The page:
Despite increasing public debate over the appropriateness of sex in advertising, sexual imagery and high status individuals continue to be used by marketers to sell products.
However, answering why sex is so effective in advertising receives conflicting answers. Social constructionists argue that these consumer preferences are primarily shaped by people’s experiences within particular social, economic and historic contexts. Conversely, evolutionary psychologists argue that such stimuli satisfies ancient biological drives that evolved to prioritise useful social information.
In the online journal PLOS One, Mehmet Yavuz Acikalin and his colleagues have just published a unique experiment which helps provide an answer. To explore the origins of our consumer preferences, the researchers conducted a pseudo-advertising campaign on non-human primates.
Acikalin and his colleagues tested whether pairing common brand logos with sexually provocative images or alpha males would lead monkeys to prefer these brand logos.
Old World monkeys and humans are primates which diverged on the evolutionary tree of life around 25 million years ago. If these monkeys showed a preference for brand logos that have been paired with sex and social status cues, this would suggest that such consumer preferences are evolutionary ancient (rather than a mere social construction).
Rhesus macaque monkeys were used for the experiment, which are Old World monkeys native to Central and South Asia. Rhesus macaques form into large mix-sex groups and strict dominance hierarchies. The researchers argue their highly complex social interactions make them ideal for understanding social cognition and behaviour in primates.
Using non-human primates allowed for a controlled experiment, where the researchers could rule out the effect of culture and previous engagement with such brands. Additionally, the experimental design allowed the researchers to conduct extensive testing that wouldn’t be feasible in laboratory experiments with humans.
Ten adult rhesus macaques were used for the study, five of each sex. The monkeys participated in the experiment by interacting with a touch-screen interface within their enclosures. The monkeys were shown an image of a real-world brand logo, alongside an image of a monkey which formed the monkey adverts.
Three types of images were used for the adverts: a dominant or subordinate male’s face, or a female monkey’s ‘hindquarters’. Other logos were paired with a scrambled image containing no social information as a control. The monkeys were trained to use the equipment beforehand, and were rewarded with fruit juice whenever the monkey chose a logo on the screen, regardless of their preference.
The researchers found that following the pseudo-advertising campaign, the monkeys developed preferences for brand logos that had been paired with images of male faces and females’ behinds.
As predicted, the females showed no preference for the brands paired with the faces of low status males (to reference TLC, female macaques don’t want no scrubs).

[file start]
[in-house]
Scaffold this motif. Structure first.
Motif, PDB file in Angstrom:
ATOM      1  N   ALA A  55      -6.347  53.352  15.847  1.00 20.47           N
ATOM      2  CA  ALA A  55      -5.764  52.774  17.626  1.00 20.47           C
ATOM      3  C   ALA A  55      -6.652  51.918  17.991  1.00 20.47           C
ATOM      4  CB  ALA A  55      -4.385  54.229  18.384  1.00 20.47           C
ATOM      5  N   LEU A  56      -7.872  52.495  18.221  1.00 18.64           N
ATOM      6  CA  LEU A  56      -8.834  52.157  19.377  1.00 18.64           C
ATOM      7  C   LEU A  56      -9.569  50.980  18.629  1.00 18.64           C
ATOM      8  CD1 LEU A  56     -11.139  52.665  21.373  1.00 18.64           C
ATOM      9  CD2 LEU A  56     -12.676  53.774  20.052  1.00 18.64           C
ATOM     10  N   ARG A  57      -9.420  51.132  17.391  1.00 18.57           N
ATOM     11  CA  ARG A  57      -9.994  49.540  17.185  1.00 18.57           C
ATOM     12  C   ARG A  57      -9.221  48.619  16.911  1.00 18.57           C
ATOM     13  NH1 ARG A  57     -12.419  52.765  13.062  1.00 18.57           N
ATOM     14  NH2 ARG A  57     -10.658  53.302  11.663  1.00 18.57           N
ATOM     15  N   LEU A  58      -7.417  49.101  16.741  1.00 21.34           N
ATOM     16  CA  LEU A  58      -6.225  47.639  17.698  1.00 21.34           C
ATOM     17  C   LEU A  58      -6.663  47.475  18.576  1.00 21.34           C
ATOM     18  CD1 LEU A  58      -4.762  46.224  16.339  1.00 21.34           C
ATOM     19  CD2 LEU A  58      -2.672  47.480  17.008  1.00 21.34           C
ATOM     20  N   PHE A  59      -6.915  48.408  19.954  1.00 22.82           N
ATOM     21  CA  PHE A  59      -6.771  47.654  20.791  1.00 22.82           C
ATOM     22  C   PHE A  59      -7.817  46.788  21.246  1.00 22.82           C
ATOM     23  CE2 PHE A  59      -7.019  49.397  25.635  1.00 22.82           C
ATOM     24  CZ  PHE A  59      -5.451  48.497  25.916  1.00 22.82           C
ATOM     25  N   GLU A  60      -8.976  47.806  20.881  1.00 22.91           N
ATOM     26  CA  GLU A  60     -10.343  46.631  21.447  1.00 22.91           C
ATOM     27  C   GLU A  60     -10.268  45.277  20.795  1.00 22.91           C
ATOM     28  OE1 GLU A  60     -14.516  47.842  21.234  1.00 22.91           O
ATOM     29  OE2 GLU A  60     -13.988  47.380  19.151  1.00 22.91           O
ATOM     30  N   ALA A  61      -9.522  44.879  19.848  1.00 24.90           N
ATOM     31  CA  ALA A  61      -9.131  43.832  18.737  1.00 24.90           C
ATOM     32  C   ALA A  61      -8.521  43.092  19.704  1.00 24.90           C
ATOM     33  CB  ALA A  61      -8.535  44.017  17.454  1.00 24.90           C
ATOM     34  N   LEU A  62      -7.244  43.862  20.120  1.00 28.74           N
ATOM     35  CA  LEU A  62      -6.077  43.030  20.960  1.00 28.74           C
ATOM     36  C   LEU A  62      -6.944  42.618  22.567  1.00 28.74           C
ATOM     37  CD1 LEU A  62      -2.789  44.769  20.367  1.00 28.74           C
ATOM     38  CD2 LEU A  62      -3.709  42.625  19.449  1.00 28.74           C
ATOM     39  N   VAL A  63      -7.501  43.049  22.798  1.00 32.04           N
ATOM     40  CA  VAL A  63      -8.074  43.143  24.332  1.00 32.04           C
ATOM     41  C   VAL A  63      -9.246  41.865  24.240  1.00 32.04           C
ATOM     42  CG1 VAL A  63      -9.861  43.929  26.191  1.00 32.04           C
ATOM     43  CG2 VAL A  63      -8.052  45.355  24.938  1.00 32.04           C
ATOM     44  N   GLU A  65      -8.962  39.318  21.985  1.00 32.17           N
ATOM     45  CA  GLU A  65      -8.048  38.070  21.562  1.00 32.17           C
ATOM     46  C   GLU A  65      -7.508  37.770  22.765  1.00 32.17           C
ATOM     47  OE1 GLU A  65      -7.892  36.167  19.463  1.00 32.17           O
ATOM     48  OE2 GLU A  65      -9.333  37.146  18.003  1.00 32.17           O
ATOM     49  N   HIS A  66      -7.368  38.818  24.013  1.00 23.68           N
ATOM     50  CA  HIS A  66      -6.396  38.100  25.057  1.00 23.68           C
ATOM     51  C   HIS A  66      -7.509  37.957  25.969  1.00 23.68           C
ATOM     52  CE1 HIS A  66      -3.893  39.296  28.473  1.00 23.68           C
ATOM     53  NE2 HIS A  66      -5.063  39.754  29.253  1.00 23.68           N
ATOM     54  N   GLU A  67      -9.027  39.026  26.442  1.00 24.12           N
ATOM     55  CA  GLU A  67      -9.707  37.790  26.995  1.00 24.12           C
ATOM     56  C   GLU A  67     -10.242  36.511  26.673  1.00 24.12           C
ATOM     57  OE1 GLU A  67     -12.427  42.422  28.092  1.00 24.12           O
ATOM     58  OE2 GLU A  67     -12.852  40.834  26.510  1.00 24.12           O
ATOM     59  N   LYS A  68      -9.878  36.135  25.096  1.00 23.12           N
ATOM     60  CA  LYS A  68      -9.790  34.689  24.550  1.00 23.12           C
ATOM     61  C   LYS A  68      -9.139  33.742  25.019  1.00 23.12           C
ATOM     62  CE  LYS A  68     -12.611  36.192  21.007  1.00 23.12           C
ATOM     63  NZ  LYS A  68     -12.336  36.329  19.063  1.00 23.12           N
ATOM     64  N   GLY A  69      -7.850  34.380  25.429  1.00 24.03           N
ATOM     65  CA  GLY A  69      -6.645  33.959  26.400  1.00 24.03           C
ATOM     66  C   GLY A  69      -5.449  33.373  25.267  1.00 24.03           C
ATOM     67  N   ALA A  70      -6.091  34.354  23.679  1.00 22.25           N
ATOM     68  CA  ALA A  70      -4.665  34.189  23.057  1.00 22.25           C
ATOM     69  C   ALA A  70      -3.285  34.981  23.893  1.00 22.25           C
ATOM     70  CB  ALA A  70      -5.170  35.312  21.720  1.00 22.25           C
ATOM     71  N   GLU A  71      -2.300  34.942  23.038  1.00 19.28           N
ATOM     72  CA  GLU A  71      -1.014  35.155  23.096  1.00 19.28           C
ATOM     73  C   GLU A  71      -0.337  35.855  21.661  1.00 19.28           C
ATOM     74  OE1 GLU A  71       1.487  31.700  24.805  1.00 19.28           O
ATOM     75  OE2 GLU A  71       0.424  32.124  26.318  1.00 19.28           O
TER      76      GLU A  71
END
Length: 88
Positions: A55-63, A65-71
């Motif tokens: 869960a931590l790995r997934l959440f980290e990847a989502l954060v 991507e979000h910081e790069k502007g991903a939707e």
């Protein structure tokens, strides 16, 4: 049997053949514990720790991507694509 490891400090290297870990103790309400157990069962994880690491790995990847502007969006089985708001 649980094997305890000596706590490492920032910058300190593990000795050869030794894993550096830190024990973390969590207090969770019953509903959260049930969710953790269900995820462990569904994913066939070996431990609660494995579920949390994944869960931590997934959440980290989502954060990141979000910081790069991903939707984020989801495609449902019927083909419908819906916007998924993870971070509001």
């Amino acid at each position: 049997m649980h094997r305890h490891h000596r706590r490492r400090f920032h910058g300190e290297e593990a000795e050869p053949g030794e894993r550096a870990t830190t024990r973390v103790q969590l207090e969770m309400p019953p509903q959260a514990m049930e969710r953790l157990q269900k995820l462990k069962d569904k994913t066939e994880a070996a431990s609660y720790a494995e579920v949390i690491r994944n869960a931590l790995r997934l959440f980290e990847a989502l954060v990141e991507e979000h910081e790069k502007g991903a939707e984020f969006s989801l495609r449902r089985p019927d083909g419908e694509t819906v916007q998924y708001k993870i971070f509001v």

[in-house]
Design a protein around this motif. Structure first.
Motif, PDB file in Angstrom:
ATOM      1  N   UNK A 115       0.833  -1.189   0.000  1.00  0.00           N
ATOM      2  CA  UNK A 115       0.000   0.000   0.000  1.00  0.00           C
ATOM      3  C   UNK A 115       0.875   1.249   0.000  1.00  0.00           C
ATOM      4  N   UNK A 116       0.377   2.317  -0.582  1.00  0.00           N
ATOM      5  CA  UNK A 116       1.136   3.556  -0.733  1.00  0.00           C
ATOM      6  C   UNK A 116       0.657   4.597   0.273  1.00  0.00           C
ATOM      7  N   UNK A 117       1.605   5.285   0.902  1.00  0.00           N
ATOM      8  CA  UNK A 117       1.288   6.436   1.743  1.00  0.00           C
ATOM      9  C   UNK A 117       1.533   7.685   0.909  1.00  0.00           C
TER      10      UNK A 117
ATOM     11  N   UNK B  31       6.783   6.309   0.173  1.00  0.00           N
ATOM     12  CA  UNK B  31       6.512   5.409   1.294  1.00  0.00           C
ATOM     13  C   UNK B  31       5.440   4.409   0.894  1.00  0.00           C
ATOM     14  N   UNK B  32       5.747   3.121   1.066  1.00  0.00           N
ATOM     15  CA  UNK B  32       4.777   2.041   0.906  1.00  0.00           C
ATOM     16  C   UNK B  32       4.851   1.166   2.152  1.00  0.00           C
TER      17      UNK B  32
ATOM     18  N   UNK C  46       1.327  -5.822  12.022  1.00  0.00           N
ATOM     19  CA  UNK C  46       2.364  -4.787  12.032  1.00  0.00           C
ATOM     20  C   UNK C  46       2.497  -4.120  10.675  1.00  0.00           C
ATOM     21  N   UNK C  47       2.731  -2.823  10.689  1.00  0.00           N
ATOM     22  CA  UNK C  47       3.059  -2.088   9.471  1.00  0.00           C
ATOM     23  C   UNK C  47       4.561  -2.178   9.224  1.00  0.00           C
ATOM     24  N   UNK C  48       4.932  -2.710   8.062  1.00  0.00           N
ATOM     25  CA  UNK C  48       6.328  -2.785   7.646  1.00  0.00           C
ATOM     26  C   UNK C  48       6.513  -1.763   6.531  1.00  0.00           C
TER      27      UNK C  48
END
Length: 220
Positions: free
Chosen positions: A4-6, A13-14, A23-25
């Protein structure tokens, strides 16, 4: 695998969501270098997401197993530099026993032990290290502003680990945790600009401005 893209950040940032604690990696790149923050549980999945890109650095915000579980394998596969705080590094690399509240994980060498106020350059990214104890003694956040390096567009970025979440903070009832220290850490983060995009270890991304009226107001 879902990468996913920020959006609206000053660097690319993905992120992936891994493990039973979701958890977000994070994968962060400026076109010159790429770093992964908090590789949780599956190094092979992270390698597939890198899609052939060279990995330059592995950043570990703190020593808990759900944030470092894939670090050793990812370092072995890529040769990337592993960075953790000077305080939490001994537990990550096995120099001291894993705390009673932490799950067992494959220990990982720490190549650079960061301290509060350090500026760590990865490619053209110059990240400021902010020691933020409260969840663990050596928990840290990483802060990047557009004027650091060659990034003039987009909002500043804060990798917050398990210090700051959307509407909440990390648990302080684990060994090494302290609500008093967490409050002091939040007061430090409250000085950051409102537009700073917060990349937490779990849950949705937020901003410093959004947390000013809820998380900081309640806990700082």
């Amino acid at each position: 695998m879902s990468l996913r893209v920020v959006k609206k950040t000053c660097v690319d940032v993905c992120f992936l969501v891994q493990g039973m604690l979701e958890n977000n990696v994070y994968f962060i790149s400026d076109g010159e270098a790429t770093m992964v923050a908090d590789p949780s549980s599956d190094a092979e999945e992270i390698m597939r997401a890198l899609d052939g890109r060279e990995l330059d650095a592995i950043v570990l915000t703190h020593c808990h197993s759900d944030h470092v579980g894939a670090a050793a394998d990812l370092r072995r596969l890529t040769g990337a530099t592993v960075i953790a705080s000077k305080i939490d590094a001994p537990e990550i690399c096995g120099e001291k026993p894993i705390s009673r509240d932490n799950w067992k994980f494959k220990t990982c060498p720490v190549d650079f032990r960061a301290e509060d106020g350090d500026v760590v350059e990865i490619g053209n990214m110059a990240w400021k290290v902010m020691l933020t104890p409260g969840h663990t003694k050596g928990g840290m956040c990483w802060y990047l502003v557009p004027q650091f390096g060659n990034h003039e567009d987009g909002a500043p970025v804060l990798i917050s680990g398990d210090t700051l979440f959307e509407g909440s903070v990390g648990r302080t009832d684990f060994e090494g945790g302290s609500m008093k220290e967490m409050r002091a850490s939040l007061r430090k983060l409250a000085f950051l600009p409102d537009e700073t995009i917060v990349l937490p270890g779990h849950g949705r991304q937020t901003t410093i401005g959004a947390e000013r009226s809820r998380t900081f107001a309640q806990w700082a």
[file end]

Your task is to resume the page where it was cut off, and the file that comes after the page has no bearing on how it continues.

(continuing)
Contrary to their expectations however, the male monkeys also formed a preference for brand logos paired with low dominance males. The researchers speculate that this may be due to males being attentive to low status males who may try to use aggression to climb the monkey hierarchy.
Yavuz Acikalin and his colleagues state the study shows preferences for brands advertised with sex and status cues can emerge independent of cultural learning and imitation found only in humans.
The authors note that although their results support an evolutionary perspective on why we respond so favourably to sex in advertising, this does not mean that socialisation and culturally-defined gender roles do not influence our consumer behaviour. Rather, they argue that there’s likely strong evolutionary drives behind our consumer preferences, which can either be amplified or suppressed through socialisation.
Although several hundred trails were conducted, a key limitation of the study is that only ten monkeys were involved in the experiments. However, there are good reasons to believe that monkeys also respond to the social drives advertisers tap into.
Fundamentally, rhesus macaques and other monkey species share with humans the same neural mechanisms that have been linked to social decision making. Moreover, a previous study found that rhesus macaques are willing to sacrifice rewards to see naughty monkey photos.
A mistake to avoid is extrapolating findings from other species to humans which do not apply. However, the rationale for the experiments and the inferences the authors make are well justified.
Although our evolved psychological dispositions helped our great ancestors survive and thrive by prioritising information concerning sexual opportunities and chances to increase one’s status, Yavuz Acikalin and his colleagues make clear that such proclivities can be detrimental to our mental and financial health. We’d all benefit from knowing how deep-seated evolutionary motives shape our consumer behaviour.
Written by Max Beilby for Darwinian Business